Sunday 25 March 2018

Flying Visit to the Old Capital: Kyoto Travel Tips (Part 2)

Main sanctuary at Fushimi Inari Shrine, Kyoto
Once you've arrived in Kyoto, found a place to stay, and rented a kimono, you're all set to begin sightseeing. If you rented kimono at the place I recommended in part 1 then you're well placed to walk to Fushimi Inari Taisha (伏見稲荷大社) a Shinto shrine famous for its thousands of bright vermillion torii gates (sen bon dorii =千本鳥居) - and also featured in the film Memoirs of a Geisha. Keen followers of this blog may remember that the Goddess Inari is one of the main kami of Shinto: look out for all the (very stylised) foxes, especially in pairs, said to be the messengers of the Goddess. At night (it's open 24 hours) you may even encounter a real fox! The torii gates lead you on various trails heading upwards through forest, passing small shrines. Interestingly, the gates themselves get smaller as you progress up the mountain - while the crowds only seem to get bigger!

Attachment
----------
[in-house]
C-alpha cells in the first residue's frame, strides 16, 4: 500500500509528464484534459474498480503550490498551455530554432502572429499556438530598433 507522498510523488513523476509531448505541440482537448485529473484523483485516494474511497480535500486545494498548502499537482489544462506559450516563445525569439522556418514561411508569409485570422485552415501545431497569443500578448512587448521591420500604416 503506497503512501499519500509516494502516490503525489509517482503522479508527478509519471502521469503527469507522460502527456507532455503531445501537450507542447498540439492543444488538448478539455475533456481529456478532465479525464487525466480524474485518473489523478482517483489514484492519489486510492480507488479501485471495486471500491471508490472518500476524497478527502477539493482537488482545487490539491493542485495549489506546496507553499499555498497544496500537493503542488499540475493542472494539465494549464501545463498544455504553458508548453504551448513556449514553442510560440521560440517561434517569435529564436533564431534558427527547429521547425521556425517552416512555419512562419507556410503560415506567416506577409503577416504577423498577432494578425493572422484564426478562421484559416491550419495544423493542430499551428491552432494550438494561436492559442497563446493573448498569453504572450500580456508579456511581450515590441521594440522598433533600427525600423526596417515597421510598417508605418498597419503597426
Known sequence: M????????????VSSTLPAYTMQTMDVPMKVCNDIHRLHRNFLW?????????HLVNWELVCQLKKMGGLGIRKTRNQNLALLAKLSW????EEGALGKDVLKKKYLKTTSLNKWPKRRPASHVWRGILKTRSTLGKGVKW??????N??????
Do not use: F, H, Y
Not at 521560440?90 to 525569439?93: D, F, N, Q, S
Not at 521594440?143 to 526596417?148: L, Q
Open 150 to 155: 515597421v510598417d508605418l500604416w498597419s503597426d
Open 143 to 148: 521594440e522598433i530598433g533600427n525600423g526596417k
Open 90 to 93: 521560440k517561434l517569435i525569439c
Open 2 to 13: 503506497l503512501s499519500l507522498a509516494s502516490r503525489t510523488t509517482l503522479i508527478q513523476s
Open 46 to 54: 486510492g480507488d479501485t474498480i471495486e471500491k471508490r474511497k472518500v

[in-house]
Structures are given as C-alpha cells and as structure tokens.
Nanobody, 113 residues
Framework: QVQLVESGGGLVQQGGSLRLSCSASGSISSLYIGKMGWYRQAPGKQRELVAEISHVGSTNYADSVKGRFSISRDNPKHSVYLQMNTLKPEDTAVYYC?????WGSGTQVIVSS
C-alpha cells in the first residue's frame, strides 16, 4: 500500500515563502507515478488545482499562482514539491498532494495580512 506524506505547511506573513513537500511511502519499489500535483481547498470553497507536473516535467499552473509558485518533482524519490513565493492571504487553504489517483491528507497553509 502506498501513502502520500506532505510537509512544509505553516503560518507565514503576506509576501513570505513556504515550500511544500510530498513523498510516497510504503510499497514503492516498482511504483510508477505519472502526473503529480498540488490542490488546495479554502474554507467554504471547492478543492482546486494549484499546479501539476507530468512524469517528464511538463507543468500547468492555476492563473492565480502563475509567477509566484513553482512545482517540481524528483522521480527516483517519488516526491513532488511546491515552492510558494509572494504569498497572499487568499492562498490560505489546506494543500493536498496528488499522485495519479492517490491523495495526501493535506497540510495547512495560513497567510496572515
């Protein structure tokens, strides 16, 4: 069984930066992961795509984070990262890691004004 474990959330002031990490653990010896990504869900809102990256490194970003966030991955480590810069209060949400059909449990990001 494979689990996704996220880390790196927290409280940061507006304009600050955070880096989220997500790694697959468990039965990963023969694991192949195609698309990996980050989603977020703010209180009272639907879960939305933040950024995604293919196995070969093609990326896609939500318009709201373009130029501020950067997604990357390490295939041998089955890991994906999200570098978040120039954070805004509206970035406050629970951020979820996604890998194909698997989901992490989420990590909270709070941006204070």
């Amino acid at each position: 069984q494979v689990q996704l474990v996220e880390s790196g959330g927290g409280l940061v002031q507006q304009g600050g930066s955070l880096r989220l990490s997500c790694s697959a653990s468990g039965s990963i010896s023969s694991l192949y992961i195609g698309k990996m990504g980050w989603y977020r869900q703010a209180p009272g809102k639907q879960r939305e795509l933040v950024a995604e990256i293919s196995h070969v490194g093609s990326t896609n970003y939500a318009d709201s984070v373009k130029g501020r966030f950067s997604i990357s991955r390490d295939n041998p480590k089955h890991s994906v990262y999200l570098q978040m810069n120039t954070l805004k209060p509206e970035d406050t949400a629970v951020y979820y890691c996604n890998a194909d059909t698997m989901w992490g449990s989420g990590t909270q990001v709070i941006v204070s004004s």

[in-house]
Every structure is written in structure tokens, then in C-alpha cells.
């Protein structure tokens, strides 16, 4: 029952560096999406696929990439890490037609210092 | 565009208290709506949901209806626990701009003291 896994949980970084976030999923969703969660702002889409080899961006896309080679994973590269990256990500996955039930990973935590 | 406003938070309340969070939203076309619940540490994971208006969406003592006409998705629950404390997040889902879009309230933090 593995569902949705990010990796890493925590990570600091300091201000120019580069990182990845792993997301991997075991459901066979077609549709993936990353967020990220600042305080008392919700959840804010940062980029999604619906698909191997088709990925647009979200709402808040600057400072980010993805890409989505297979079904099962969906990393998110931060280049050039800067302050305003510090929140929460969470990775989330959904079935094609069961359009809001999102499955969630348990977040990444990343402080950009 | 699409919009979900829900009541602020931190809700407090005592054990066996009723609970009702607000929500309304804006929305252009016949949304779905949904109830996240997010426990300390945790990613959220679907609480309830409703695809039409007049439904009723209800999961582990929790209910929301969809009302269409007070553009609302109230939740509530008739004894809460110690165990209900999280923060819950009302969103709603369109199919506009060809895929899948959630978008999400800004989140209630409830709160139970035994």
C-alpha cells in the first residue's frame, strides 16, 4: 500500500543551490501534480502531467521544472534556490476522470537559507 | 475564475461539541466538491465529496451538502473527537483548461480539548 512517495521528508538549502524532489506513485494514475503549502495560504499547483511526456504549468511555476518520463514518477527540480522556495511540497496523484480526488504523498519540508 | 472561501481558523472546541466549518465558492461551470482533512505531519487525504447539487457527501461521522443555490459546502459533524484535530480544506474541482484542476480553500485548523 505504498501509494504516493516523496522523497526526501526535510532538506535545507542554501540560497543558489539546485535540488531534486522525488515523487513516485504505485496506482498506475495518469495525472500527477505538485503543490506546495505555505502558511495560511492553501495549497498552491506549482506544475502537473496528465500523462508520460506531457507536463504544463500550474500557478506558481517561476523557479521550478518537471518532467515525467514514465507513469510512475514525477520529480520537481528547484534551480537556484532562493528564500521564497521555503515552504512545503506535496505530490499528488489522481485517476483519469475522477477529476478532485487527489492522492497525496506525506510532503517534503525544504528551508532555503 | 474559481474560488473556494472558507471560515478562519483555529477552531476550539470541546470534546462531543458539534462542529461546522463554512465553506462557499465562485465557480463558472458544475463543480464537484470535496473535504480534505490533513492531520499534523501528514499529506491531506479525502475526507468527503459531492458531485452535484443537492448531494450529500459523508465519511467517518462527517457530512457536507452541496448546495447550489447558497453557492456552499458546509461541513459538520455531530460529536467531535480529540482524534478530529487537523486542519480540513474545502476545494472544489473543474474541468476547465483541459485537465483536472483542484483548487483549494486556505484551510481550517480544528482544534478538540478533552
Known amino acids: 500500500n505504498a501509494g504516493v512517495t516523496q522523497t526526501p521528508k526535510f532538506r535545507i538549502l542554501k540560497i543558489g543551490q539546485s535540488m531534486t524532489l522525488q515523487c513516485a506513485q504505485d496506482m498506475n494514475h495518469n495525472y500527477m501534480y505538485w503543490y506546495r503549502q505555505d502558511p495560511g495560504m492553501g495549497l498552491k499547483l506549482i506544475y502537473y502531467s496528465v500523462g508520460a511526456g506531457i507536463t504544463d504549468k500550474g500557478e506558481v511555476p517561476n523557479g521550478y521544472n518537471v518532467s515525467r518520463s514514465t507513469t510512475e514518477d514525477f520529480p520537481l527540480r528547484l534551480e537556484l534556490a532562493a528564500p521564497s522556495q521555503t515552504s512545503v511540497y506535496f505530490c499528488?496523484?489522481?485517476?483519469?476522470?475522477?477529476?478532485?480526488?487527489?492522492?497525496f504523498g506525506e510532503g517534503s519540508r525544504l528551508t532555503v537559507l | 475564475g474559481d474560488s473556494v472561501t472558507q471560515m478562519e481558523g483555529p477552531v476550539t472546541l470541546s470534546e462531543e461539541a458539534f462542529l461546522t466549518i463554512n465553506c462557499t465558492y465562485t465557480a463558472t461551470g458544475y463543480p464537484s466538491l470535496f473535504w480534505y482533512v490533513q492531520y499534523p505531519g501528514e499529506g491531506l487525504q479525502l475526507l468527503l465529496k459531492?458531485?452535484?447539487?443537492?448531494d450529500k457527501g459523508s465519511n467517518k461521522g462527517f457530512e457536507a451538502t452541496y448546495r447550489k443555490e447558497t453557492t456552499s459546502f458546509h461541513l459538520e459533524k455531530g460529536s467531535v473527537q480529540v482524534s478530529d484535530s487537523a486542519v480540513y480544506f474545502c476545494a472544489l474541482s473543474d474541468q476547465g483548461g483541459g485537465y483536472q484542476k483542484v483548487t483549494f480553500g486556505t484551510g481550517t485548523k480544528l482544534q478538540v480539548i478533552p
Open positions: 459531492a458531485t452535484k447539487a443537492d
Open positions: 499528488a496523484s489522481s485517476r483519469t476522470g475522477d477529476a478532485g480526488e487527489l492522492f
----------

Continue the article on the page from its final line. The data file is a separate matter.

If you did rent kimono, your zōri-clad feet will no doubt be killing you after the tough climb at Fushimi Inari Shrine, so why not experience a unique Japanese-style Starbucks? This is found at Ninenzaka (map here) a beautiful thoroughfare of traditional Japanese houses, restaurants, and shops between Yasaka (Gion) Shrine and the world heritage Kiyomizu Temple. The Starbucks is officially called Ninenzaka Yasaka Chaya (二年坂ヤサカ茶屋) with chaya meaning "tea house" and has tatami flooring, shōji paper sliding doors, and even a little Japanese garden.

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If you have any energy left (I did say it was a flying visit!) a final recommendation would be the gold-leaf coated Kinkakuji (金閣寺=Golden Temple/Pavilion), though it is a lot further out and requires a thirty to forty-minute bus-ride from Kyoto Station. The temple was actually burned down in 1950 by a young monk and this incident is the basis of the story for Yukio Mishima's 1956 novel named after the temple (the monk was obsessed by its beauty in the book). The story is also included in the classic 1985 film Mishima: A Life in Four Chapters co-written and directed by Paul Schrader with Francis Ford Coppola and George Lucas as executive producers. Mishima's central theme was the dichotomy between traditional Japanese values and the spiritual barrenness of contemporary life. See here for a fascinating interview with Mishima in English which covers a range of topics - including ritual suicide (seppuku) which was the cause of his death in 1970.